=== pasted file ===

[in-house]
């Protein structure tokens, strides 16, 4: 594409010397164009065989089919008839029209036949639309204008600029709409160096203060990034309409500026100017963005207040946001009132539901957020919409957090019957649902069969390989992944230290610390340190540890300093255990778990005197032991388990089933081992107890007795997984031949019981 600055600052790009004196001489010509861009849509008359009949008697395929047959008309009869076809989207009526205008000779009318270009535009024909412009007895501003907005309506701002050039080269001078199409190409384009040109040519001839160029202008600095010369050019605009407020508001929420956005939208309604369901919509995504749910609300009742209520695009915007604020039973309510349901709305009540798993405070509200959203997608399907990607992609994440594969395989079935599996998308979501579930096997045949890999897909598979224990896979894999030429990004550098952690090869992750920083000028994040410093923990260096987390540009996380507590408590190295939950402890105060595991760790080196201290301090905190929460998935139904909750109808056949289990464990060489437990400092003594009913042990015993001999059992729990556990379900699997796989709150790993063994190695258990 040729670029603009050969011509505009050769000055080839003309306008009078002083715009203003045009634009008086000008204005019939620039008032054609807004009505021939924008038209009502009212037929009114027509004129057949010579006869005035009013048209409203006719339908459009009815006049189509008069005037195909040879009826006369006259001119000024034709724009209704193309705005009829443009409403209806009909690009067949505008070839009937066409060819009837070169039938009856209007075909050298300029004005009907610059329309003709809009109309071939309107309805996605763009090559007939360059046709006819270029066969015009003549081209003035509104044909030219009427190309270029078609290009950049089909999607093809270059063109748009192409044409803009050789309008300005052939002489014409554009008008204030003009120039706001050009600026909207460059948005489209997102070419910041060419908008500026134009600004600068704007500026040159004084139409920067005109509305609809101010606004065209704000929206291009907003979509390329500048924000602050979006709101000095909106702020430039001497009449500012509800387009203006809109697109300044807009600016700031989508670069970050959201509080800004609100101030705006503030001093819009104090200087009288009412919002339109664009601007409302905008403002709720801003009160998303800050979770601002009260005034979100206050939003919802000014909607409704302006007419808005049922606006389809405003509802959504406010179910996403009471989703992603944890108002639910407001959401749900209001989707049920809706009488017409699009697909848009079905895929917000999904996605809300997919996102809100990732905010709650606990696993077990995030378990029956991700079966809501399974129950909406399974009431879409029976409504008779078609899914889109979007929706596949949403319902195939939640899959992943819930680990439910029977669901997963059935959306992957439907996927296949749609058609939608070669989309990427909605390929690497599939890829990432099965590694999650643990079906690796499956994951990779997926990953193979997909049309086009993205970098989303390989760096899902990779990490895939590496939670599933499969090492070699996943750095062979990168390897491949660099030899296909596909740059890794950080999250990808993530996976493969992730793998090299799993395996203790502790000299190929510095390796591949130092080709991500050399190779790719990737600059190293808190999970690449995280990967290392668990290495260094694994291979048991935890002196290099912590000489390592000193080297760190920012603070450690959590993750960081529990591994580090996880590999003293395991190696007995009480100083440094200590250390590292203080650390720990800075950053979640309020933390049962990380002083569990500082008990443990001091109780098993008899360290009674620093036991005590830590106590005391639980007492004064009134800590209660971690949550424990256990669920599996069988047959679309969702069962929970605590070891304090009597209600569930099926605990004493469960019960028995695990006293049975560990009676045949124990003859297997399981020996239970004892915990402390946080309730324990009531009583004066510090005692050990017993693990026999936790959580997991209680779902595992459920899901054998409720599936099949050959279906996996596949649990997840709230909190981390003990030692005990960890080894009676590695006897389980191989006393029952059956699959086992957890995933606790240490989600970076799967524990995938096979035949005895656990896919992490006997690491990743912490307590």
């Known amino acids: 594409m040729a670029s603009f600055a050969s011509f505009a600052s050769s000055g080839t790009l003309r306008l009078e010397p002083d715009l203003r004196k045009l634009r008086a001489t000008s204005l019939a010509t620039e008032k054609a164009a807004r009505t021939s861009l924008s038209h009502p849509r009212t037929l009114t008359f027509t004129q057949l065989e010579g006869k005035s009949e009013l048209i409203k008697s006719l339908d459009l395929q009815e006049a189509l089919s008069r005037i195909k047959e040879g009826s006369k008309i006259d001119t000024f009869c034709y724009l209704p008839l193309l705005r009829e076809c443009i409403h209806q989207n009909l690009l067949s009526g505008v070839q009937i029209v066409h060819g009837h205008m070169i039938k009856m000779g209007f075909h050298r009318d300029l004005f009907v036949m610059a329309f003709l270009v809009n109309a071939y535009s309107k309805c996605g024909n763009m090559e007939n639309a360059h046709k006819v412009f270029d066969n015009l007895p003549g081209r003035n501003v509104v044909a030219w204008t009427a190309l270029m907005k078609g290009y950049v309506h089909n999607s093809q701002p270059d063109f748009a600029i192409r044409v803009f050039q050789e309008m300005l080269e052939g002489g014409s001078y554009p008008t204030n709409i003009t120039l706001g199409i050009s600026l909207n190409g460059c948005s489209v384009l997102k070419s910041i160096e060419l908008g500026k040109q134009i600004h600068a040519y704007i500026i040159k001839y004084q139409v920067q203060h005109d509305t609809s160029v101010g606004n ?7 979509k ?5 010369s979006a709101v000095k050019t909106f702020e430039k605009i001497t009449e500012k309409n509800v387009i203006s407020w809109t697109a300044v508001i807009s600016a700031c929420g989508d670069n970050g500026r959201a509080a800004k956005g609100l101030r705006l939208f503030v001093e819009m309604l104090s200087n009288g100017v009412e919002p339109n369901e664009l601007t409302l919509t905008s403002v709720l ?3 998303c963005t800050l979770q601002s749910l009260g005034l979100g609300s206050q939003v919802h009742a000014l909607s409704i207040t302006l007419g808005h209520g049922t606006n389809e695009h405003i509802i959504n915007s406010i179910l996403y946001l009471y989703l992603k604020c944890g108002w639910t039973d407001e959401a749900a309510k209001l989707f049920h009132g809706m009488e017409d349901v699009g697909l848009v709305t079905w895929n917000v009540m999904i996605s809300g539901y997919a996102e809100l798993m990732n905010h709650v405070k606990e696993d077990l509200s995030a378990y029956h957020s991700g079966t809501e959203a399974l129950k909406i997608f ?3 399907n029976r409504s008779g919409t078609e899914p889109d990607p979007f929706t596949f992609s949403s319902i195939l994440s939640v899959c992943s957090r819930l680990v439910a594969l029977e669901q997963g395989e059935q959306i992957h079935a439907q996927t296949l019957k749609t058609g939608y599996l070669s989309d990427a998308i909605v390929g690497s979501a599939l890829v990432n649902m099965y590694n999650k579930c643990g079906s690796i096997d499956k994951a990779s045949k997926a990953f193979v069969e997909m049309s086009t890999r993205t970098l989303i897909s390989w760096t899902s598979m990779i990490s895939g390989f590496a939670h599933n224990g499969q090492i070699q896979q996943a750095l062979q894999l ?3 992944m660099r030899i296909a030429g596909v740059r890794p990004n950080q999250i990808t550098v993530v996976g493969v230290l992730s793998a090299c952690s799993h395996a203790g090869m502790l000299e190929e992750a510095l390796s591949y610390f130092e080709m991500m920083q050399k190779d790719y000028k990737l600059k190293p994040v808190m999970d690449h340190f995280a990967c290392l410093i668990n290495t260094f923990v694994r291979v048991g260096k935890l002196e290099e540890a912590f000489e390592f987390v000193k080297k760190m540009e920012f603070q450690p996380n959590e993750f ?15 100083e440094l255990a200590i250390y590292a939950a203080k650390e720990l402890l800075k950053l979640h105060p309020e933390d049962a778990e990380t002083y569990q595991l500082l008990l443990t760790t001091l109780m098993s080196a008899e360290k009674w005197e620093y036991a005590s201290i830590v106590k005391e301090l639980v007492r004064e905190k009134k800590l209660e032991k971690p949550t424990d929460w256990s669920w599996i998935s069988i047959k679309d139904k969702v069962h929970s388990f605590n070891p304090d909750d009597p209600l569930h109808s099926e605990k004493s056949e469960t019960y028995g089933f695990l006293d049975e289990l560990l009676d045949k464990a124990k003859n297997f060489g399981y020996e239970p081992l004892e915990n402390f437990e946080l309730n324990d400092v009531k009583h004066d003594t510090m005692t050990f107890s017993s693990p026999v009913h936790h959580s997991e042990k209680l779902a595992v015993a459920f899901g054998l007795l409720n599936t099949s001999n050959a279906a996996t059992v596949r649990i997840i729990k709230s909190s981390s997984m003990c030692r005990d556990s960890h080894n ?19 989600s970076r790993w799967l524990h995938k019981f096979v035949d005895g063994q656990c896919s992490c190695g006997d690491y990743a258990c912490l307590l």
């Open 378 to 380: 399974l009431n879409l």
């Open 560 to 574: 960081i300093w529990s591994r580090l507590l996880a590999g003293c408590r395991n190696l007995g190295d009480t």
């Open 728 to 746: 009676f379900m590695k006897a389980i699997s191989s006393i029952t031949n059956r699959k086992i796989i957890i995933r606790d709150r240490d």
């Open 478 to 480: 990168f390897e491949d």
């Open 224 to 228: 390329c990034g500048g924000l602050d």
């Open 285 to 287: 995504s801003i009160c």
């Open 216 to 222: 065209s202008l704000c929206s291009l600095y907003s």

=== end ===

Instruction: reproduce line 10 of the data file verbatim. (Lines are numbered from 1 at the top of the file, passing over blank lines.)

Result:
């Open 216 to 222: 065209s202008l704000c929206s291009l600095y907003s």